Workshop 7: Imagining Westwood
Reading time: 7 mins
In the seventh workshop, the Westwood group’s ideas for community-led pilot projects begin to solidify. Plans to improve neighbourhood safety through a travel rethink, unlocking local rooftops as a site for generating solar power and energy efficiency awareness campaigns are beginning to take shape. The importance of the Millennium Community Centre grows as a place that can showcase low carbon living and empower others to follow in their footsteps.
At the end of the diagnosis phase, the Westwood group reflected on what they had learned about the strengths and pitfalls of the neighbourhood’s energy and identified three priorities for change:
- Improve clean transport options and facilities.
- Take steps to improve the lowest energy performing homes, especially those struggling to cover their costs.
- Make the Millennium Center an example of what a low carbon future could look like, symbolised by a rooftop solar system.
But there were still many questions left to answer. What steps would be needed to turn these seedling ideas into complete projects? Who would need to be involved in making it happen? And which actions could the Westwood group champion themselves?
We began the day by reflecting on the last session, where the group worked with energy efficiency and transport experts to delve deeper.
Team energy efficiency shared their vision for a new campaign. They would start by organising energy advice training for staff and volunteers, building up the local knowledge of energy efficiency improvement basics. Through DIY style training, community members would learn how to assess and tackle draughts, mould, damp and ventilation issues and share their knowledge with others. Community engagement activities with the local schools and community centre would be the first port of call for building up local interest. And there was discussion around supporting residents in doing DIY improvements to their homes by working with local handymen (people!) and creating a tool library (just like a book library, but with tools). Those with a keen eye for design mused over how energy efficiency could become something beautiful and desirable. After all, issues around the home are close to the heart. There’s a need to slowly build up relationships and trust before making any radical suggestions. A few supportive partners have already been identified in Warm Homes Oldham and Action Together. Promoting the soon to close Green Homes Grant could also be an early activity. Once the campaign starts to build up speed, signposting to already established organisations like Carbon Coop could allow people to do the more in-depth energy efficiency work needed for cutting carbon out of the home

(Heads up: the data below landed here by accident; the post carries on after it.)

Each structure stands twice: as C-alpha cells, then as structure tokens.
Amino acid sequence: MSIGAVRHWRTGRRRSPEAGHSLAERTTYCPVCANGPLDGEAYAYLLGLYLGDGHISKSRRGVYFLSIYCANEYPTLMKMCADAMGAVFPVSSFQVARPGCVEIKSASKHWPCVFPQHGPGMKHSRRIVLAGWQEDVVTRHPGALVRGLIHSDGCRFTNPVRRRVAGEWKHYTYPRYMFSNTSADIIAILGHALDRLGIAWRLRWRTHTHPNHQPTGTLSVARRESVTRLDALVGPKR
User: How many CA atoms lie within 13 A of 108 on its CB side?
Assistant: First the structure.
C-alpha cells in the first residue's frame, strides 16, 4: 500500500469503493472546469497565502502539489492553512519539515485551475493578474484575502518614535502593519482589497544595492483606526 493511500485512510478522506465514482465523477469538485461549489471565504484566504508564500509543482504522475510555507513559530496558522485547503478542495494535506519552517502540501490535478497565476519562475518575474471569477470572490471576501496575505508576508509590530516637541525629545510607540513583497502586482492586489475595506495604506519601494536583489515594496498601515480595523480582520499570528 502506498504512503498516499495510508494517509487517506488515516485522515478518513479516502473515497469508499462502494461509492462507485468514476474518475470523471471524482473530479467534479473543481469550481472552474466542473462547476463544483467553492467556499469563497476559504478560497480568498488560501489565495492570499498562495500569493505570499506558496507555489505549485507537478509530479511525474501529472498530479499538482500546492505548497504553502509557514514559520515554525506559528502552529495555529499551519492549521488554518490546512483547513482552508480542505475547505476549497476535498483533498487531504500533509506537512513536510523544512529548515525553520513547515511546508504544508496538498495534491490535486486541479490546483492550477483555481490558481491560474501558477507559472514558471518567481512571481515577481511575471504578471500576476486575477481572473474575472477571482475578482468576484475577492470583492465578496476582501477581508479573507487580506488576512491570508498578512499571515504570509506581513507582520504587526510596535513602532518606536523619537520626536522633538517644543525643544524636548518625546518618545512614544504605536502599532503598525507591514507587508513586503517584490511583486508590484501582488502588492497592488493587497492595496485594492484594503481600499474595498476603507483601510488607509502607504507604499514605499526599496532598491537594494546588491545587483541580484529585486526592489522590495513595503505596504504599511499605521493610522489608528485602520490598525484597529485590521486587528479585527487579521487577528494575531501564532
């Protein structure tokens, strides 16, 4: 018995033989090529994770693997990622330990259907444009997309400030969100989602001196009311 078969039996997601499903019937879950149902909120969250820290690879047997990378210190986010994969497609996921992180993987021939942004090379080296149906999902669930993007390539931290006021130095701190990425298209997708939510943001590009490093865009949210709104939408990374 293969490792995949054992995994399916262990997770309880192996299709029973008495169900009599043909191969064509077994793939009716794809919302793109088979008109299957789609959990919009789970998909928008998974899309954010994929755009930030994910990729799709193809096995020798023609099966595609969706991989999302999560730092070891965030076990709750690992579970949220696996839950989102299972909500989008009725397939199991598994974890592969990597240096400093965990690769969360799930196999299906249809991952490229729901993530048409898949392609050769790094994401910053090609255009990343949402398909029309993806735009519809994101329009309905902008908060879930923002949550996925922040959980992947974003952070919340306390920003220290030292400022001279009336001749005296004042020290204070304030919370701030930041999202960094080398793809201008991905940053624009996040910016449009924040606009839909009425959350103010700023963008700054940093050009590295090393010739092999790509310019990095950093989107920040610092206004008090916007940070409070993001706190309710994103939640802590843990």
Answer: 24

‘How can we make it beautiful?’
Team transport shared two ideas. The first focused on setting up a bike hub, where local people could trial and borrow bikes fitting their needs. The hub will be located within the Westwood area, providing training and social activities and two-seater bikes and tricycles to make the scheme widely accessible. The second was to improve the cycle and walking paths in Westwood to make short journeys on foot easier. For the people in Bury Park, an improved route to cross the dual carriage-way would make it much easier to access the local shops. Reducing the dual carriage-way speed would also help make the journey feel safer. Traffic calming measures on Victoria and Gosforth Street could help to assuage parent concerns about walking their children to school down a busy road. With four nurseries and a school on the street, congestion and air pollution cause health and safety problems around the school gates. If cars were prevented from entering during the school pick up times, parents could walk safely to and from school. All of these suggestions could be brought together around a new circular route, showing how you could make your way around Westwood on foot, with clear signage and maps to guide you.